Brainwashing a nation

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It is painful to see that after nearly eight years of intense national debate on the negative contents of Pakistan’s school curriculum, and five years after new syllabi were designed, schoolchildren continue to be taught from old textbooks with all the harmful contents therein. Thus, although, in principle we have a new 2006 curriculum, but for reasons that are difficult to accept, it is yet to be implemented.

Education was significantly affected by the drive in the late 1970s and ’80s to Islamise society. There was a vigorous attempt at Islamising education. The way it was done resulted in gross mutilation of facts, placing greater emphasis on ritualistic faith than on humanism, violation of the rights of religious minorities, and lastly the end product: irrational and unquestioning minds.

An important part of the Islamisation agenda was redefining the raison d’etre of the country. The new articulation was based on the ‘ideology’ of Pakistan. Notwithstanding the fact that the term was never used during the Pakistan movement, nor was it ever a part of the speeches and writings of any of the founding fathers whom we remember as architects of Pakistan.

The concocted ‘ideology’ was promoted as an article of faith in all fields, including education. The phrase had no constitutional existence until Ziaul Haq introduced it through a martial law ordinance. “Pakistan ka matlab kya, La Ilaha Illallah” became the lead slogan of the campaign to Islamise society, a slogan that was coined long after the creation of Pakistan applied retroactively to a distorted account of history of the Pakistan movement.

The national curriculum designed during the military rule of General Zia falsely asserted that Pakistan had an ideology because every nation had one. It was then emphasised that Pakistan was created to establish a state where Islamic principles of governance were to be implemented and practised. The term ‘Pakistan ideology’ became sacrosanct and was never to be questioned.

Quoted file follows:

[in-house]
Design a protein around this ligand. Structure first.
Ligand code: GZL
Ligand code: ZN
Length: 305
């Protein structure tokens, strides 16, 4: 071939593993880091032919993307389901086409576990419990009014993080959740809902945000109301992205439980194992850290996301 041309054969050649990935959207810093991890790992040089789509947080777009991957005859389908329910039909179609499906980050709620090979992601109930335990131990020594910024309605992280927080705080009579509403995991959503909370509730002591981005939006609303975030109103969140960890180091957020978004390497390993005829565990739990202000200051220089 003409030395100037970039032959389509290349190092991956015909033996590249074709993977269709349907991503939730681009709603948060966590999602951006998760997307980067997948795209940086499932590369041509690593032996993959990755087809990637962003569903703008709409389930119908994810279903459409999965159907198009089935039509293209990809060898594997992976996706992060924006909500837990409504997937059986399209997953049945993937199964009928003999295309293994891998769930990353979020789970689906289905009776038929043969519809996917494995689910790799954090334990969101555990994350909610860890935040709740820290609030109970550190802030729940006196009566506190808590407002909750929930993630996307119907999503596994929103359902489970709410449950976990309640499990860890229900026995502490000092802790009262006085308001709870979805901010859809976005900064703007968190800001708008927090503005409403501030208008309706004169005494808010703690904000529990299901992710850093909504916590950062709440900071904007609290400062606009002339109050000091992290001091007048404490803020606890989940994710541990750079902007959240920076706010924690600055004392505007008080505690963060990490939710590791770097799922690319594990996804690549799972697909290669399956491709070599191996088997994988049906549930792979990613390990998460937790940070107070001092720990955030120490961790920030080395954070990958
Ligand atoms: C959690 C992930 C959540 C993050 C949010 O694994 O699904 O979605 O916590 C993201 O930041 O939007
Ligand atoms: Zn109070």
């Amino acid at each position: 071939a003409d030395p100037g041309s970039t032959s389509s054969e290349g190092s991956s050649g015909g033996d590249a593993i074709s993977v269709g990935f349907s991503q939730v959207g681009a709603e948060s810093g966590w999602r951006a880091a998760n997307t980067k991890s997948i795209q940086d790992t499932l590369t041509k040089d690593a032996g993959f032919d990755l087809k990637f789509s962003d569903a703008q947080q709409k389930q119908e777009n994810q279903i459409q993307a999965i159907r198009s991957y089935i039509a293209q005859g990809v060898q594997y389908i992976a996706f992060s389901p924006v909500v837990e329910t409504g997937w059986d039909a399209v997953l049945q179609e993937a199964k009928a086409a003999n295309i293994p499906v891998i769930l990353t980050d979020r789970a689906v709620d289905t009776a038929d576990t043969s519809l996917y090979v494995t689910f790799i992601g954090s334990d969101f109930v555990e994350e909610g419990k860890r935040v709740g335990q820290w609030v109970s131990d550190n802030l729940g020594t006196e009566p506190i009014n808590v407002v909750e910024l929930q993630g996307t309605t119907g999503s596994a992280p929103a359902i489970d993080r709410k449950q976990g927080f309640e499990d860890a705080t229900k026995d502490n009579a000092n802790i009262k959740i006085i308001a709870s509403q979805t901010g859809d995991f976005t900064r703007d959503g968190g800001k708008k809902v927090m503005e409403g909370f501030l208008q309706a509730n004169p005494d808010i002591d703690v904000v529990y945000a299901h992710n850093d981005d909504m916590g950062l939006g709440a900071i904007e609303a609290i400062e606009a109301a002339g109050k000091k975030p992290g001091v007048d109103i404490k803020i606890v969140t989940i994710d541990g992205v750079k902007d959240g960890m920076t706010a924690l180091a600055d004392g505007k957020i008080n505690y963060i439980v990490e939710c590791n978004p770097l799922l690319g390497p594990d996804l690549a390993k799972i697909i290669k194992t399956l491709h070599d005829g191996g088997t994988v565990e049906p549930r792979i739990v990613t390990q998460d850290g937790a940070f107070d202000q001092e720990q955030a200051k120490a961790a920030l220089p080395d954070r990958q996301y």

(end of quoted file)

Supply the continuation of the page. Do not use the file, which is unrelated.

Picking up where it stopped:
A second aspect of Islamisation of education followed the prescription of Syed Abul ‘Ala Maudoodi, the founder-head of the Jamaat-i-Islami, by insisting that educational material ought to have so much religious content in it that any distinction between religious and non-religious education should disappear. Nearly all the curriculum documents of the 1980s and ’90s specifically laboured on this point.

The textbooks of that time, as even those in use now, have excessive religious content. A controversial interpretation of faith was promoted—even a majority of Muslims did not subscribe to such a puritanical interpretation of Islam, let aside minority sects. Other religious minorities were completely ignored. It is now a part of history that such tampering resulted in riots in various parts of the country.

One glaring act committed under this scheme was to include excessive religious content in Urdu textbooks; in some cases it comprised nearly 50 per cent of the total. It included readings from the Quran and instructions on performing rituals.

Non-Muslims were also subjected to reading the same Urdu textbooks which contained derogatory remarks against Hindus, such as they being eternal enemies of Muslims, cunning, deceitful, treacherous, etc, alienating the minorities and subverting the nation from within.

A third major component of curriculum that continues unchanged even now, was glorification of the military and the wars. Military was defined as defender of the faith, and taqwa and jihad fi sabilillah became mottos of the military, inscribed boldly on cantonment buildings. Textbooks were required to have several lessons on military-related matters: Muslims’ victorious wars in the history, Pakistan’s war heroes, stories of gallantry and victories of Pakistani armed forces, etc.

In sharp contrast, textbooks mentioned no heroes in fields like education, medicine, social work, constitutionalism, etc. The net impression etched on the young minds was the absolute importance of the military as the defender of Islam. The concept of jihad was promoted to the extent that lessons on jihad were intriguingly identical to the literature of jihadi organisations that were banned by the next military ruler, Gen Musharraf.

The writer teaches at Lahore University of Management Sciences